If your knowledge about Singapore is limited and have trouble finding it on a map, do a good amount of research on the country before investing. Start your research with the basics and work your way into details which impact the investment world – like the state of the economy, growth in the last couple of years, unemployment, trade connections and so on. Pay particular attention to legal aspects related to the real estate market, such as property taxes for buyers and renters, the laws you have to respect if you want to buy a piece of property in Singapore, as well as the rights and obligations you might have as a landlord. You can get all the latest property news in Singapore easily from major property site like PropertyGuru. Once you have the full picture, you can then understand if investing in Singapore is the right action for you.
- Research the real estate market
Do plenty of research on the real estate market in the country. For example, knowing that the average price for a square foot of property in the city center is just under 24,000 Singaporean $ is not enough. You have to know which are the up-and-coming neighborhoods, where the main office areas and universities are, where are the places most people look for rent, and how to determine if a property is correctly valued or not. You also have to understand the city’s infrastructure (transport, water, public facilities, schools and universities, entertainment areas, etc.), to figure out what the areas of interest are. The next logical step is to look at future public investments – is the city preparing to build a new high-tech neighborhood in the next few years?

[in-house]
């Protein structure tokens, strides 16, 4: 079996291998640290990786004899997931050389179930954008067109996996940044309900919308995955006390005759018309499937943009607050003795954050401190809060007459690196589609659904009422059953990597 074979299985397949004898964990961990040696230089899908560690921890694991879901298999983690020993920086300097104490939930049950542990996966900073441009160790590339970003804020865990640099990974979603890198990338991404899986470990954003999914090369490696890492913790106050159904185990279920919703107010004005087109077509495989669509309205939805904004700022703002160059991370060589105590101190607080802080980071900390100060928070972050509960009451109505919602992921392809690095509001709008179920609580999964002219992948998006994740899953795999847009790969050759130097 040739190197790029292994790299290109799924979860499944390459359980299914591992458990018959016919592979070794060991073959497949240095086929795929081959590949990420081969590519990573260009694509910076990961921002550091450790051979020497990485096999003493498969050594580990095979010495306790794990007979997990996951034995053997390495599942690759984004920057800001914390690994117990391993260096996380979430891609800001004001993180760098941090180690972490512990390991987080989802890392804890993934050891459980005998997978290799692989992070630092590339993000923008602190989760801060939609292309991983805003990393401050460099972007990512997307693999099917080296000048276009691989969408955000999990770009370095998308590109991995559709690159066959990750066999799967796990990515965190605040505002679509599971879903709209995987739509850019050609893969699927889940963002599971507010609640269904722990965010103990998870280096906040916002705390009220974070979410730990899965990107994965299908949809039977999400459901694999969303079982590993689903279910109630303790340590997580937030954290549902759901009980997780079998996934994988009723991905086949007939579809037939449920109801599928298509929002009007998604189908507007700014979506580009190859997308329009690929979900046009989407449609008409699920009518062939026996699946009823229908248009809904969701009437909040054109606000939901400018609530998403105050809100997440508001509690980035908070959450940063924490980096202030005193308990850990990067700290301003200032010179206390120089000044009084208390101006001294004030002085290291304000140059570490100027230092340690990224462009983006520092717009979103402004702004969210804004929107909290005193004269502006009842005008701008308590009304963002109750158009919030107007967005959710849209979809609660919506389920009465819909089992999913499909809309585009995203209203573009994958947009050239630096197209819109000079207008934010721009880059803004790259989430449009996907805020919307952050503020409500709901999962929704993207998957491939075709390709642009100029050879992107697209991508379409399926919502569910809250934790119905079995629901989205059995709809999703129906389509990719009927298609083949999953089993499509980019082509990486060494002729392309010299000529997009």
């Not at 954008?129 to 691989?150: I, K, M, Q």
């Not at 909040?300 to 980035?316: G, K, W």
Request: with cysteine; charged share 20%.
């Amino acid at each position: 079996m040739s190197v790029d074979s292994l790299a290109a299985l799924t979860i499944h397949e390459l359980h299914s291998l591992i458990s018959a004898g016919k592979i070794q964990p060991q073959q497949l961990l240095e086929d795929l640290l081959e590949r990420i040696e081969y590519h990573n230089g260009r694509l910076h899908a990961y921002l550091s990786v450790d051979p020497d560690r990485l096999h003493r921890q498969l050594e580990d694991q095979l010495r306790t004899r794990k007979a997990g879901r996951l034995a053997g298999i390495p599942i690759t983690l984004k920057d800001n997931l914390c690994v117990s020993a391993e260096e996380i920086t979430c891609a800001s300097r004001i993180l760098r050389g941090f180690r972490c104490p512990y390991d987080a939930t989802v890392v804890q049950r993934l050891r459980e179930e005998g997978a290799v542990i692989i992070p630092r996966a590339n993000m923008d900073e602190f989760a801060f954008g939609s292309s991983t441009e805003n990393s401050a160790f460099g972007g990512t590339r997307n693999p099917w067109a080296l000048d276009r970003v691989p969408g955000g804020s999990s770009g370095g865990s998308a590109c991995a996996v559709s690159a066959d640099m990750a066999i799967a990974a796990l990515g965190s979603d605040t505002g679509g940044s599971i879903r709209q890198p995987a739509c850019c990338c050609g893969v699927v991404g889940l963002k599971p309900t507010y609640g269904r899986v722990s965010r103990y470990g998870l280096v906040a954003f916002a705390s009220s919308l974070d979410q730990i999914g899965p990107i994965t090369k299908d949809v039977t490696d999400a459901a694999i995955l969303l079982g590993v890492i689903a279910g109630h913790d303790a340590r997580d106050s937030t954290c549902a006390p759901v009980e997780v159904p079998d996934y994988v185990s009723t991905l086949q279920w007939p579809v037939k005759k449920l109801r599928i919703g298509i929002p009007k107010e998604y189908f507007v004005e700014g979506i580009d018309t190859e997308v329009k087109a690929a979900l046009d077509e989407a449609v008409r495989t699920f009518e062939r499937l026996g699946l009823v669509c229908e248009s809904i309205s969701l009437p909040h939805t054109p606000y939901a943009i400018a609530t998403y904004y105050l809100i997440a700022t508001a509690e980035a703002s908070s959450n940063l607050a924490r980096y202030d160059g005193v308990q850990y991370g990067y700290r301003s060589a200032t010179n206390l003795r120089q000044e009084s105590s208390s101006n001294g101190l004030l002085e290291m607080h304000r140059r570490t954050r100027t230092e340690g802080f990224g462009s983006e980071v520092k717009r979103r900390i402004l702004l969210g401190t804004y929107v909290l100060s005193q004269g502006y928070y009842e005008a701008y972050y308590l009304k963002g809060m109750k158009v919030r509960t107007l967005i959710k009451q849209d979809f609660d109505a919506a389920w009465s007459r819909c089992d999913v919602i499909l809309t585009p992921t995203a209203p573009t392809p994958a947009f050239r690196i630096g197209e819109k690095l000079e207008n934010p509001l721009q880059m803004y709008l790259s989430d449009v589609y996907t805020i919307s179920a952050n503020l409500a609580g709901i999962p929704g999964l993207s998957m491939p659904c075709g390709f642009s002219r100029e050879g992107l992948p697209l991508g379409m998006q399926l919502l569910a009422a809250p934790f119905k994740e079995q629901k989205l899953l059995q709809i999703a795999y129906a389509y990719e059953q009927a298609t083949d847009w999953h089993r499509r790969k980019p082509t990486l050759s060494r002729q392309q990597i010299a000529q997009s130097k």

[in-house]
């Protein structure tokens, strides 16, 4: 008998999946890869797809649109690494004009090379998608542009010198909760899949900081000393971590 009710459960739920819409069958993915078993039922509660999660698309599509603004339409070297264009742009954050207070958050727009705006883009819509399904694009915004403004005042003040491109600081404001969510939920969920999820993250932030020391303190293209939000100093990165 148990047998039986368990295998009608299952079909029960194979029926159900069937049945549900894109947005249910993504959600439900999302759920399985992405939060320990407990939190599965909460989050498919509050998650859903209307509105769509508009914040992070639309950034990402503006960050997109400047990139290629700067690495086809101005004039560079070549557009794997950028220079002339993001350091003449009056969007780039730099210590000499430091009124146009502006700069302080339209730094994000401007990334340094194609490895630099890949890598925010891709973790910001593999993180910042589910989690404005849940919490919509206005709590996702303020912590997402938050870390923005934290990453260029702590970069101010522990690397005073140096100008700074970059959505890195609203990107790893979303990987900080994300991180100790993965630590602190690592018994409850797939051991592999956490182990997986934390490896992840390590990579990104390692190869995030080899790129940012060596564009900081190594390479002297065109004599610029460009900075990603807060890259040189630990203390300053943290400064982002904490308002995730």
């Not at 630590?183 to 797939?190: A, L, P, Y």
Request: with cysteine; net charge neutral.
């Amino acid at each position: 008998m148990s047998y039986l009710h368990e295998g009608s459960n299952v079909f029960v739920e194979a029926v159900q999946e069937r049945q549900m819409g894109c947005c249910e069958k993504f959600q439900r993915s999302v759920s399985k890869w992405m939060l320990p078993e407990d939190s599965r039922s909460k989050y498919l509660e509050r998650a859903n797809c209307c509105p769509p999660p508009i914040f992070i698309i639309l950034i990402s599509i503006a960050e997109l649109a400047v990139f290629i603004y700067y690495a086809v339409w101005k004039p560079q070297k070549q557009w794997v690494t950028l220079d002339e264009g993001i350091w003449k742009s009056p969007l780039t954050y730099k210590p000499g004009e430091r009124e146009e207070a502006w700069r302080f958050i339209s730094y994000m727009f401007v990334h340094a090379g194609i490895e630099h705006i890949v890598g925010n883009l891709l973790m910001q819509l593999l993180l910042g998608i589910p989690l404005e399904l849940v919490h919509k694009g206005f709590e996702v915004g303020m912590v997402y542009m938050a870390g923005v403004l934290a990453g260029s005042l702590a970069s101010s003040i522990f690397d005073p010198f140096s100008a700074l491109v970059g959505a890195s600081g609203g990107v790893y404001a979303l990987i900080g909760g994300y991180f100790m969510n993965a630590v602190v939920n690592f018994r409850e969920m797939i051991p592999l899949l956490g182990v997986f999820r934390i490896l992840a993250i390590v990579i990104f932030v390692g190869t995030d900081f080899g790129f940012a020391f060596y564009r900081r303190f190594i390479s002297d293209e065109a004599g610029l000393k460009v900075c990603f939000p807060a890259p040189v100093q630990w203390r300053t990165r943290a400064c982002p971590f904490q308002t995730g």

- Set up a budget, investment style, and expectations
This is a classic investment hint, but it’s especially important now because you’re investing in a country you know very little about. Thus, we suggest that you setup a smaller investment budget and a lower risk aversion than you normally would, at least for the first couple of transactions you do in Singapore. Also, increase the “unexpected costs” category by at least 50% than your normal ratio, since you will miss a lot of costs and fees. Remember to setup investment style and expectations – the last rules you have to follow.
- Consider rental properties
Since Singapore’s economy and commerce will most likely continue to grow in the next years, rental properties are one of the most sought-after investments in the area. Lots of people will be looking for temporary housing in the city, for a multitude of reasons: properties are usually expensive to buy (especially for workers coming from China, India or Malaysia), the working class is very dynamic (lots of changes in technology and companies), and lots of people come here to study. All these people will be looking for properties to rent out. The average yearly yield for rental properties is around 2,5 %, not very impressive, but certainly worth considering.